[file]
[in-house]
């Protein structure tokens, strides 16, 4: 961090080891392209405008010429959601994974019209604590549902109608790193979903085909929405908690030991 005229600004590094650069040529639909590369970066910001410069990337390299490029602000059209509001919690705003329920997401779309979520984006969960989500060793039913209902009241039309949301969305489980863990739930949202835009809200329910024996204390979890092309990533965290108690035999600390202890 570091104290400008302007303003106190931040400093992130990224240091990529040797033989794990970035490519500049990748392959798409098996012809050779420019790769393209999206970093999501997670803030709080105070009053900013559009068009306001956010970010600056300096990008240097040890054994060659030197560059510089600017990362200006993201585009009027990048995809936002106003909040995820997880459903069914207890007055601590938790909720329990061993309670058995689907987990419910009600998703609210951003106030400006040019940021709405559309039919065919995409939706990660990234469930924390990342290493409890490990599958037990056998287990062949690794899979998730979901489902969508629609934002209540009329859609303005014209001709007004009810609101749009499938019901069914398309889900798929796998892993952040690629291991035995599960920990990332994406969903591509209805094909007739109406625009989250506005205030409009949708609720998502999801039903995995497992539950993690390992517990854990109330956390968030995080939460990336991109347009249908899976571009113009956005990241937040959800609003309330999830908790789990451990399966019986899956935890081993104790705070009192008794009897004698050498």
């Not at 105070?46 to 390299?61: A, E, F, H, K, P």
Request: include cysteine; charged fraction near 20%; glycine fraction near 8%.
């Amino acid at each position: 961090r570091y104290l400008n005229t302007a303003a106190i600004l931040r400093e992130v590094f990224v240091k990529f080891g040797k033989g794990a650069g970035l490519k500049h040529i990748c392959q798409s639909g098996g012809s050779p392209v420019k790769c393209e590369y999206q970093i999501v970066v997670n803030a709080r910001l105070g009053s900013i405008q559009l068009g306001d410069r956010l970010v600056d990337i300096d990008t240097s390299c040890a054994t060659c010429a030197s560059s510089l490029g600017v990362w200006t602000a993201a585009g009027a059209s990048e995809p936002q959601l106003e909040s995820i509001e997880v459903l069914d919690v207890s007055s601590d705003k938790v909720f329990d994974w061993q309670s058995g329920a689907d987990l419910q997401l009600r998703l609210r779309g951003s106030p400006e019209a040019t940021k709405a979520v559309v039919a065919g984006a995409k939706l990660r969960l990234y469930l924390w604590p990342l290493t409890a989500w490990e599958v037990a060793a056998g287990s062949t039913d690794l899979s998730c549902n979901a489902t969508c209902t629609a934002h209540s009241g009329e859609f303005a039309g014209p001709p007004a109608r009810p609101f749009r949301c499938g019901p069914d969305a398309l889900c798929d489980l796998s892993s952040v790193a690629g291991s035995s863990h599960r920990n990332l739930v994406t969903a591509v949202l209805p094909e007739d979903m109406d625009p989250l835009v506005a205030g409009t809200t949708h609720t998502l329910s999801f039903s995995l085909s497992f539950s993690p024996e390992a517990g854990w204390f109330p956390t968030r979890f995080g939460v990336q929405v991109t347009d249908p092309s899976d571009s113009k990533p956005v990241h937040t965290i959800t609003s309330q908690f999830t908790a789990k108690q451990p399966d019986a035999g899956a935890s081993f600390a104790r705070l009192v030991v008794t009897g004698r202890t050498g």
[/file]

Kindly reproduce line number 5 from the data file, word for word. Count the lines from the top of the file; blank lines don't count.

């Amino acid at each position: 961090r570091y104290l400008n005229t302007a303003a106190i600004l931040r400093e992130v590094f990224v240091k990529f080891g040797k033989g794990a650069g970035l490519k500049h040529i990748c392959q798409s639909g098996g012809s050779p392209v420019k790769c393209e590369y999206q970093i999501v970066v997670n803030a709080r910001l105070g009053s900013i405008q559009l068009g306001d410069r956010l970010v600056d990337i300096d990008t240097s390299c040890a054994t060659c010429a030197s560059s510089l490029g600017v990362w200006t602000a993201a585009g009027a059209s990048e995809p936002q959601l106003e909040s995820i509001e997880v459903l069914d919690v207890s007055s601590d705003k938790v909720f329990d994974w061993q309670s058995g329920a689907d987990l419910q997401l009600r998703l609210r779309g951003s106030p400006e019209a040019t940021k709405a979520v559309v039919a065919g984006a995409k939706l990660r969960l990234y469930l924390w604590p990342l290493t409890a989500w490990e599958v037990a060793a056998g287990s062949t039913d690794l899979s998730c549902n979901a489902t969508c209902t629609a934002h209540s009241g009329e859609f303005a039309g014209p001709p007004a109608r009810p609101f749009r949301c499938g019901p069914d969305a398309l889900c798929d489980l796998s892993s952040v790193a690629g291991s035995s863990h599960r920990n990332l739930v994406t969903a591509v949202l209805p094909e007739d979903m109406d625009p989250l835009v506005a205030g409009t809200t949708h609720t998502l329910s999801f039903s995995l085909s497992f539950s993690p024996e390992a517990g854990w204390f109330p956390t968030r979890f995080g939460v990336q929405v991109t347009d249908p092309s899976d571009s113009k990533p956005v990241h937040t965290i959800t609003s309330q908690f999830t908790a789990k108690q451990p399966d019986a035999g899956a935890s081993f600390a104790r705070l009192v030991v008794t009897g004698r202890t050498g």